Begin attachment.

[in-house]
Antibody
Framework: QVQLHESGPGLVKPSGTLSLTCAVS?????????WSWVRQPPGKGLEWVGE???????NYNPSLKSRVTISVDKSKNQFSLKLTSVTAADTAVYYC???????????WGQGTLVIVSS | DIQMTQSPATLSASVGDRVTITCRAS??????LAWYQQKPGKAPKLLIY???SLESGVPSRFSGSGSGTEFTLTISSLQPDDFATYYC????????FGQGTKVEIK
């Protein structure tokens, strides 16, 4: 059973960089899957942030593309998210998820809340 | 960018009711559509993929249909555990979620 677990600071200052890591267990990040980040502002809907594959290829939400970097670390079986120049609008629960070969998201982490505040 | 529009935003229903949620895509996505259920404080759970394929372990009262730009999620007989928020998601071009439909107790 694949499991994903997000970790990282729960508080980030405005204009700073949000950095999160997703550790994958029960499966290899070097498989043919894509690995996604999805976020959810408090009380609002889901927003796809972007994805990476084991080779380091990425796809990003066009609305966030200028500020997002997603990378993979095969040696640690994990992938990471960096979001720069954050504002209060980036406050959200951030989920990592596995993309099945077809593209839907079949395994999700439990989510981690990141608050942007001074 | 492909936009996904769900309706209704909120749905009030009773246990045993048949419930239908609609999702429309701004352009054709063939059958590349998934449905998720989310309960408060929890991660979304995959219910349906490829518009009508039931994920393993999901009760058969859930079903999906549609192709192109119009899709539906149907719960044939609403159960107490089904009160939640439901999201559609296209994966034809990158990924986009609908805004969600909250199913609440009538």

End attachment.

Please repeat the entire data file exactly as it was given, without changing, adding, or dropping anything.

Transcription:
[in-house]
Antibody
Framework: QVQLHESGPGLVKPSGTLSLTCAVS?????????WSWVRQPPGKGLEWVGE???????NYNPSLKSRVTISVDKSKNQFSLKLTSVTAADTAVYYC???????????WGQGTLVIVSS | DIQMTQSPATLSASVGDRVTITCRAS??????LAWYQQKPGKAPKLLIY???SLESGVPSRFSGSGSGTEFTLTISSLQPDDFATYYC????????FGQGTKVEIK
């Protein structure tokens, strides 16, 4: 059973960089899957942030593309998210998820809340 | 960018009711559509993929249909555990979620 677990600071200052890591267990990040980040502002809907594959290829939400970097670390079986120049609008629960070969998201982490505040 | 529009935003229903949620895509996505259920404080759970394929372990009262730009999620007989928020998601071009439909107790 694949499991994903997000970790990282729960508080980030405005204009700073949000950095999160997703550790994958029960499966290899070097498989043919894509690995996604999805976020959810408090009380609002889901927003796809972007994805990476084991080779380091990425796809990003066009609305966030200028500020997002997603990378993979095969040696640690994990992938990471960096979001720069954050504002209060980036406050959200951030989920990592596995993309099945077809593209839907079949395994999700439990989510981690990141608050942007001074 | 492909936009996904769900309706209704909120749905009030009773246990045993048949419930239908609609999702429309701004352009054709063939059958590349998934449905998720989310309960408060929890991660979304995959219910349906490829518009009508039931994920393993999901009760058969859930079903999906549609192709192109119009899709539906149907719960044939609403159960107490089904009160939640439901999201559609296209994966034809990158990924986009609908805004969600909250199913609440009538």